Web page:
Photo by Wendy Howell.
WILLIAMS, Ariz. — Commercial water hauler Brian Predmore woke up prepared to do a little accounting and maybe deliver a few loads of water to his residential customers, but little did he know he would add firefighting to his duties that Tuesday morning.
On Nov. 13, Predmore, who is an accountant and part-time delivery driver for Grand Canyon Drinking Water, was delivering water to Garland Prairie resident Alan Mularkey when a fire erupted in an outbuilding on the property.
“I saw smoke coming from the shed which I thought was strange, but at first I thought maybe they were smoking jerky or something like that,” Predmore said.
Predmore said Mularkey had requested the company fill one of the ranch’s large water tanks and a small horse trough that morning. The tank was larger than the capacity of the truck, so Predmore planned to do more than one trip to fill it.
“We checked out the road that weekend and figured we would need to take our small truck, which is our Ford that holds 2,000 gallons,” he said. “So I would have to do two trips since he needed more than 2,000 gallons.”
Predmore said he met Mularkey on his initial trip to the property and they discussed which tanks would be filled. Predmore filled the tank next to a hen house and then returned to the station to refill his truck for the second delivery.
“After I filled up and went back out there I noticed the shed smoking,” Predmore said. “It wasn’t smoking the first time I was out.”
Since Predmore had never delivered to the residence before, he wasn’t sure if the smoke was an actual fire.
“I’m kind of new to the area, and wasn’t sure what was going on,” he said.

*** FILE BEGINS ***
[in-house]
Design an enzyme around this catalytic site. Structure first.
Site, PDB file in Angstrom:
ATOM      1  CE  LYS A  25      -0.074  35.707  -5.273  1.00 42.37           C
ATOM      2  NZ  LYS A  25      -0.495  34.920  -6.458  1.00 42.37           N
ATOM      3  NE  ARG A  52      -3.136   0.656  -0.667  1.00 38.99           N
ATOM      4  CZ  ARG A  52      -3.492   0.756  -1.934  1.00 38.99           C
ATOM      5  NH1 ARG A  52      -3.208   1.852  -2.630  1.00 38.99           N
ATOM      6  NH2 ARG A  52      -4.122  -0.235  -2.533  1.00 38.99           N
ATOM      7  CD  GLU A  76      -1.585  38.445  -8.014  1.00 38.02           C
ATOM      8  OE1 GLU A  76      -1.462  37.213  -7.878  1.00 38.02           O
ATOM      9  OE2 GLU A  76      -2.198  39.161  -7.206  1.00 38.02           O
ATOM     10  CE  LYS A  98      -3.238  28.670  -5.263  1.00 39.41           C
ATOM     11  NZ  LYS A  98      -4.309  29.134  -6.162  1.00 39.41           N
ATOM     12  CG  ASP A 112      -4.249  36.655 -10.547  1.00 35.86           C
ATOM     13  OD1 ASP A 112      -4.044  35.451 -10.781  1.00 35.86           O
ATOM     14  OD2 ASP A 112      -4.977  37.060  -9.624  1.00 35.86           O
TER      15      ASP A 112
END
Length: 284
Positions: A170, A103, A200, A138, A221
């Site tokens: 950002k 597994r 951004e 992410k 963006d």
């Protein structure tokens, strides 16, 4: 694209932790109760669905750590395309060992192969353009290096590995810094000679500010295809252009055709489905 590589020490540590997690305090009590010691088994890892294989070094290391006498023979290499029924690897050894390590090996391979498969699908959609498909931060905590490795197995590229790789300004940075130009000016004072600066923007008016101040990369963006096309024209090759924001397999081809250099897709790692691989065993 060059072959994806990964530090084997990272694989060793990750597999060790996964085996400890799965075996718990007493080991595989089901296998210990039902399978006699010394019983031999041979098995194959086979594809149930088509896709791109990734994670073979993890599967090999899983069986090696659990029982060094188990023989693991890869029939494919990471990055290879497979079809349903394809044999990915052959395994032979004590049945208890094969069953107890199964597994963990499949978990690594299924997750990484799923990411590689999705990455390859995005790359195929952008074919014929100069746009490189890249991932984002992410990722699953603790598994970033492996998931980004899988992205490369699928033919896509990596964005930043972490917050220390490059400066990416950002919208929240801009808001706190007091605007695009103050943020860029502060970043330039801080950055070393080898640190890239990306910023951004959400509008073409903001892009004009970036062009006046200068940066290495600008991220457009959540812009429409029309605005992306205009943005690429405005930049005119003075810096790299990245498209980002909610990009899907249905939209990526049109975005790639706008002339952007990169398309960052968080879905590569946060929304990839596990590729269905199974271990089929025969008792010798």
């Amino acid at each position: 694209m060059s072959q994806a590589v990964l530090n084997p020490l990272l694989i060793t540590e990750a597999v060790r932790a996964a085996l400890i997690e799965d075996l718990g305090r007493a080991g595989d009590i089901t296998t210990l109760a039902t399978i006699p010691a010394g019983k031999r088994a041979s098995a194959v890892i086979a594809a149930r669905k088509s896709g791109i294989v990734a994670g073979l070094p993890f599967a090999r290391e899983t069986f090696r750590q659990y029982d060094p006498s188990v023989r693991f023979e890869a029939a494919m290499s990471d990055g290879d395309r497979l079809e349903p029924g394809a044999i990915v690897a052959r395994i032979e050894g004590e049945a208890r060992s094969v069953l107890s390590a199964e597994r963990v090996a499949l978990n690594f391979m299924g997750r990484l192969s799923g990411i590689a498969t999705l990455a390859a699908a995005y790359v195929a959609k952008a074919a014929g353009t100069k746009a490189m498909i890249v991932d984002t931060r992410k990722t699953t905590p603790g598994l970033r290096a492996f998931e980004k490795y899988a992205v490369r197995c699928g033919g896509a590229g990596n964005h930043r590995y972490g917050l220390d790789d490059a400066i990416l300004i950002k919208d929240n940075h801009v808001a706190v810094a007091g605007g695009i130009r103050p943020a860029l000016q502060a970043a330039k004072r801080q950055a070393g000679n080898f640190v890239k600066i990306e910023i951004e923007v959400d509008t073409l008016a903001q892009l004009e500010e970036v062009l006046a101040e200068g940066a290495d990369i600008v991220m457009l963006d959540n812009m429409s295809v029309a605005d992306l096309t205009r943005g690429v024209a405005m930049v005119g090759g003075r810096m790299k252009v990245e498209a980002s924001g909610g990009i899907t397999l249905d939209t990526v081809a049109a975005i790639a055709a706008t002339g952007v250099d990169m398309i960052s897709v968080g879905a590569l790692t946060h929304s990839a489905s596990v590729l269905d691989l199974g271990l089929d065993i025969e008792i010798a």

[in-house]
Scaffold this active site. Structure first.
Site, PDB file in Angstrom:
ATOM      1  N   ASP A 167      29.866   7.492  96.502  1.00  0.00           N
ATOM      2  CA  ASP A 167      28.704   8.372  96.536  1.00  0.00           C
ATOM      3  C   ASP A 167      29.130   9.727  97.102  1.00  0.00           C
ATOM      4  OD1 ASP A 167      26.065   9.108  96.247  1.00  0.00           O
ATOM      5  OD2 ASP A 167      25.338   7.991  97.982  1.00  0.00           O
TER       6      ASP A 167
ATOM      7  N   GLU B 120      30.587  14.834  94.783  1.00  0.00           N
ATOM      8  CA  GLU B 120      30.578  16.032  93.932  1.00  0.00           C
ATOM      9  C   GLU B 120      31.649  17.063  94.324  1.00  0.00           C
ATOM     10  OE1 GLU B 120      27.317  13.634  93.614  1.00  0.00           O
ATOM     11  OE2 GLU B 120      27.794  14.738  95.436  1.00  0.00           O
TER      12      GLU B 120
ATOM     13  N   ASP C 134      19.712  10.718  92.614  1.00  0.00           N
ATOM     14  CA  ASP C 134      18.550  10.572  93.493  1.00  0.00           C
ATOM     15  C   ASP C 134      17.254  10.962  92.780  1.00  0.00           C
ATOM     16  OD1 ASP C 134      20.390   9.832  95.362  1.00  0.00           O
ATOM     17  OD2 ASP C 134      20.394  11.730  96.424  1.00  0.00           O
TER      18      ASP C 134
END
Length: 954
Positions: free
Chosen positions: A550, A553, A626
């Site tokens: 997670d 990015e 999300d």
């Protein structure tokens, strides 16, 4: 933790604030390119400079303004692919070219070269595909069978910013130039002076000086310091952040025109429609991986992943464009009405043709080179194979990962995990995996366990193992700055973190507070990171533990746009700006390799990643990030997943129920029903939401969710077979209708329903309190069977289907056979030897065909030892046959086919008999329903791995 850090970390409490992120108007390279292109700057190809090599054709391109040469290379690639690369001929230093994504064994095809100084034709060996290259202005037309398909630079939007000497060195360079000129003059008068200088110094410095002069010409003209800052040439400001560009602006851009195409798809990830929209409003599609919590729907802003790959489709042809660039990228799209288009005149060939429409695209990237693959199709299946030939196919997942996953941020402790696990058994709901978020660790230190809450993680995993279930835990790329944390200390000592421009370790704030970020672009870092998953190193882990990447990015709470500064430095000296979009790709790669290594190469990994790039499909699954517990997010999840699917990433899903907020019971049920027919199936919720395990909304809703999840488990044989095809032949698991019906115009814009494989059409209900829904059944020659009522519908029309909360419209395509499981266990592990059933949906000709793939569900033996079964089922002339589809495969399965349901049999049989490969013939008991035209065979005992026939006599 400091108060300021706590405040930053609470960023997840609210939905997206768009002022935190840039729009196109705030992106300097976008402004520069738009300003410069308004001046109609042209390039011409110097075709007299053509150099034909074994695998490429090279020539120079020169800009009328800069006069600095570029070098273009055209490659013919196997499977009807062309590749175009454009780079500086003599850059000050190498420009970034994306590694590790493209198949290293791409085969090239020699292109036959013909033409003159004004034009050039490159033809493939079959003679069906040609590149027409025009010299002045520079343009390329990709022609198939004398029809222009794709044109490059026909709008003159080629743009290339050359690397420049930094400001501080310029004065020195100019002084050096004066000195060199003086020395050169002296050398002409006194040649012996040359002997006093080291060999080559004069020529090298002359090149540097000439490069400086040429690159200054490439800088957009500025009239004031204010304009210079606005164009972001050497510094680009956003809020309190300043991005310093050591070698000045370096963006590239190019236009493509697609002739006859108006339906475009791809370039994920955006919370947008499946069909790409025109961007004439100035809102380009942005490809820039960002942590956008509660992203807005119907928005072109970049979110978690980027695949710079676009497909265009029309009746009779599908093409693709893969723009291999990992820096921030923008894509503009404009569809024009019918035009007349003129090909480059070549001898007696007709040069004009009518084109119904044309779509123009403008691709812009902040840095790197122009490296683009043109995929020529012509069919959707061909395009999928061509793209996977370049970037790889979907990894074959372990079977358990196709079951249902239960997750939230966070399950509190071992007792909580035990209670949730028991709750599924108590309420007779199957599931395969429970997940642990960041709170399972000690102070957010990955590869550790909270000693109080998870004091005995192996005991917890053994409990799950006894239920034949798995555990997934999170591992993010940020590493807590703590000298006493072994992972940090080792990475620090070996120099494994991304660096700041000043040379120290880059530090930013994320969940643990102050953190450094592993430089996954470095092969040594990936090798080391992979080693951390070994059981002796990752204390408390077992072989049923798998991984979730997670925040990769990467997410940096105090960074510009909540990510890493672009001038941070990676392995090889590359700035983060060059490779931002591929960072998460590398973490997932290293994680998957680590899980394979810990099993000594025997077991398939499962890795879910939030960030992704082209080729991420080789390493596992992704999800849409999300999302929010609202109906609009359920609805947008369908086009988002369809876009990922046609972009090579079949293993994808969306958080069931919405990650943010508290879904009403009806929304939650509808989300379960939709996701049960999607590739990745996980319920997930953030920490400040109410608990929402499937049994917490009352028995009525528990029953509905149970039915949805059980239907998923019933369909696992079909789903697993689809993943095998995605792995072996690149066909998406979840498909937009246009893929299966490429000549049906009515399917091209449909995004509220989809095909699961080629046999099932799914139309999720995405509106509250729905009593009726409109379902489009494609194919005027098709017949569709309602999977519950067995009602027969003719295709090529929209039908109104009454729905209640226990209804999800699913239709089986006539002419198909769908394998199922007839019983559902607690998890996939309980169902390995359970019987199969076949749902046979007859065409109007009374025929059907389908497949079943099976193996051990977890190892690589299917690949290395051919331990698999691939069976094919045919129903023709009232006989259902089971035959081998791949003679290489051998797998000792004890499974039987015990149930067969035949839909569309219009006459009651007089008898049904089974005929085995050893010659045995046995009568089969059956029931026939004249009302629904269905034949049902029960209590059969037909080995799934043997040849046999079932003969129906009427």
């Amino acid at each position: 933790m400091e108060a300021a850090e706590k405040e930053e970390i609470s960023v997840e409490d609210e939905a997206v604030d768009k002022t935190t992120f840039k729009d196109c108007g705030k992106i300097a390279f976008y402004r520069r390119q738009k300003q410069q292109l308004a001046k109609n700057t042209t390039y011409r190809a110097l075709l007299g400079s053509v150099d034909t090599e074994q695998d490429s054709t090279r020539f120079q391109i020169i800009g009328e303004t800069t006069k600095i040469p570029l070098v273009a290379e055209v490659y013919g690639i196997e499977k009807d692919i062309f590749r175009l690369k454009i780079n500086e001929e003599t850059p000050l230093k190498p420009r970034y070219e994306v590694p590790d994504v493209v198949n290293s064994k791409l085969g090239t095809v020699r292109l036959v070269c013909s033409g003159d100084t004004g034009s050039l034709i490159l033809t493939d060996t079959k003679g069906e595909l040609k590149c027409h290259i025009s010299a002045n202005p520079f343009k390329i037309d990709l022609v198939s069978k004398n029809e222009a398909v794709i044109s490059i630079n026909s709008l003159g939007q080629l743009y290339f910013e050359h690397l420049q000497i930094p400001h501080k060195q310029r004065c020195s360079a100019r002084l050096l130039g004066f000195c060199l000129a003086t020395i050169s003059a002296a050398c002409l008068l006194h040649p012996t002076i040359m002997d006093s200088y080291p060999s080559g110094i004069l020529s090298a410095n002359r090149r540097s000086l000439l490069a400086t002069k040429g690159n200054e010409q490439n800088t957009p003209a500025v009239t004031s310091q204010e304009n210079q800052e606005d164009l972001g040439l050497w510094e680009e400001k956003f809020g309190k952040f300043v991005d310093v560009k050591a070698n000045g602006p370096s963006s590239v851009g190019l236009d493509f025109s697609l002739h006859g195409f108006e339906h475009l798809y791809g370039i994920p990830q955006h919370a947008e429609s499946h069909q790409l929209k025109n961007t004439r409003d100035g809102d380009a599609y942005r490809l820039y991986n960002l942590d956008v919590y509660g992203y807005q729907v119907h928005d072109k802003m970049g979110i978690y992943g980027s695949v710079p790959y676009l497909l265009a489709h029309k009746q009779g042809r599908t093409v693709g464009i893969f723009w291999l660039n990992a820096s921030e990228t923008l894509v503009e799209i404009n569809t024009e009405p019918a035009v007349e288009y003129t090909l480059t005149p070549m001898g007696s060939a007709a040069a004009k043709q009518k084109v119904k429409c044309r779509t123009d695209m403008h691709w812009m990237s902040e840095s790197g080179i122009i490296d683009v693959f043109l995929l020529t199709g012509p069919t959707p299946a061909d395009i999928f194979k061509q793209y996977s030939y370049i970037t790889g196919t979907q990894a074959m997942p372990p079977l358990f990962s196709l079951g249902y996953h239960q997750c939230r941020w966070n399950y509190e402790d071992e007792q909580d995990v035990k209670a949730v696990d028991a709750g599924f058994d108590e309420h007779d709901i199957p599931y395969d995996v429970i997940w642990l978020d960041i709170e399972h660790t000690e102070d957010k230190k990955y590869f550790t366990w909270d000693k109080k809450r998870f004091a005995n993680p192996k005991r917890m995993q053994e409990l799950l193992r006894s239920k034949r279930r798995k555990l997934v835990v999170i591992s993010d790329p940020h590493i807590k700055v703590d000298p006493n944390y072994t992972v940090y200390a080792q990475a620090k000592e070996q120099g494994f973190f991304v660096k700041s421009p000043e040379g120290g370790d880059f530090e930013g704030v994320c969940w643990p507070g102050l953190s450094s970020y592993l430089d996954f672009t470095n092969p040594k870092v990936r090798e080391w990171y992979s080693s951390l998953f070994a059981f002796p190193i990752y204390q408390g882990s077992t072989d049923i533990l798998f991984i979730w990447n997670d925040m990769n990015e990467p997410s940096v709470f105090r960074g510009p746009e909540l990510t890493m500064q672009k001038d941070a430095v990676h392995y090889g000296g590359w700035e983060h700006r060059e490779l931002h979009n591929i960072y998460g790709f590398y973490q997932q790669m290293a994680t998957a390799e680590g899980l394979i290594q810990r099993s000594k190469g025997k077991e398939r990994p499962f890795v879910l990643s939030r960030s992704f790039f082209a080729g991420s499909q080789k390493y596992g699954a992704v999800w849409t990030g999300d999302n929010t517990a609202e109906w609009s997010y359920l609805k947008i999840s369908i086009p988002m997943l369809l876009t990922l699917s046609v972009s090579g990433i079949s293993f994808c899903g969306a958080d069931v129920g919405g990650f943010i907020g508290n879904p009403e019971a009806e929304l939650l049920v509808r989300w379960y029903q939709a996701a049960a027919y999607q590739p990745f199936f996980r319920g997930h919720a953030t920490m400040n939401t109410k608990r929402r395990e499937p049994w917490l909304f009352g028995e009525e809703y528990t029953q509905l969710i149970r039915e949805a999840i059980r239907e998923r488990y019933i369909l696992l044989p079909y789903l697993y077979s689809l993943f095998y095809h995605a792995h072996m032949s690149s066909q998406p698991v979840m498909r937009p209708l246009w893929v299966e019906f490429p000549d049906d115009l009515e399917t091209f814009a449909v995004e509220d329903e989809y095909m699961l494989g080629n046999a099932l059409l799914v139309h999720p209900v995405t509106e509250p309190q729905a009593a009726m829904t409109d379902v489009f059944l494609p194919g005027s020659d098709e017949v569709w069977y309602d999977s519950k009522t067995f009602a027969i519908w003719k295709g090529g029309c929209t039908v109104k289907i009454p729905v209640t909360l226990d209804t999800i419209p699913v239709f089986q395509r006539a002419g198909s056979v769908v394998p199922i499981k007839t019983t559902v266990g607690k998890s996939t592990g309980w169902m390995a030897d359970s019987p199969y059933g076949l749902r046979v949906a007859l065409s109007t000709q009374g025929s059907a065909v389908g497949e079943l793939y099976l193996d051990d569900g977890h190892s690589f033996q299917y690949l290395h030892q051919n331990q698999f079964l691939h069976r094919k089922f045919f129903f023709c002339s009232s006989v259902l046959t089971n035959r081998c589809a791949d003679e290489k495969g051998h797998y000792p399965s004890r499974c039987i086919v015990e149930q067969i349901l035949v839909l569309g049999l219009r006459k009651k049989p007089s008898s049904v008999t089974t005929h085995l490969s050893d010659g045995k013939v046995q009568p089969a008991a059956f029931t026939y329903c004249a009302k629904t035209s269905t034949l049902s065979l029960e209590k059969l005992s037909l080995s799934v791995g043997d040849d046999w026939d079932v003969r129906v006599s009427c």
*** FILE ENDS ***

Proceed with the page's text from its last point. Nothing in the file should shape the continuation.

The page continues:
As Predmore finished filling the tank, which was just a few feet from the 400-square-foot hen house, he noticed smoke coming from the roof, but no flames.
“I figured I’d go fill up the tank at the house and was just hooking up the hoses there when I heard some farm hands yelling ‘The barns on fire, the barn’s on fire!’ he said.
Predmore walked back to the hen house and asked the men if he could help. The workers said they had no way to put out the fire since their tank hose was melted inside the hen house.
“I realized my truck was mostly loaded so I ran back to get the truck and drove it over there,” he said. “By that time the wall was on fire, so we hooked up the (truck) hose.
The tank still had 1,600 gallons in it, so Predmore fired up the pump while the other men began dousing the fire with the hose.”
“It’s not like a normal fire truck though, it only pumps like two gallons per second…its basically like a bigger garden hose,” he said.
As the hen house burned, an overhanging ponderosa pine tree also caught fire, but the men were able to put it out.
With a limited capacity of water, the men closely tracked their water usage and by the time the tank was empty, the fire was nearly out.
“It was kind of like a bucket brigade, but with a little more technology,” Predmore chuckled.
Mularkey credits Predmore and the ranch hands for preventing a potentially devastating fire.
“The fire got hot enough in such a quick time that it actually melted the windows, they are completely bubbled out,” he said.
Several hens died from the smoke from the fire, but Mularkey said because of the men’s quick thinking, the fire was extinguished before it spread to the forest. The building sustained significant damage, but wasn’t a complete loss.
“If it was full we could put 100 hens in there; thank goodness it wasn’t full though,” he said.
Mularkey said the fire most likely started from an electrical problem, possibly from a heat lamp in the hen house, but at this time there wasn’t a definitive cause.
“It was just a godsend (that Predmore was there),” Mularkey said. “It was a fluke and a very lucky thing.”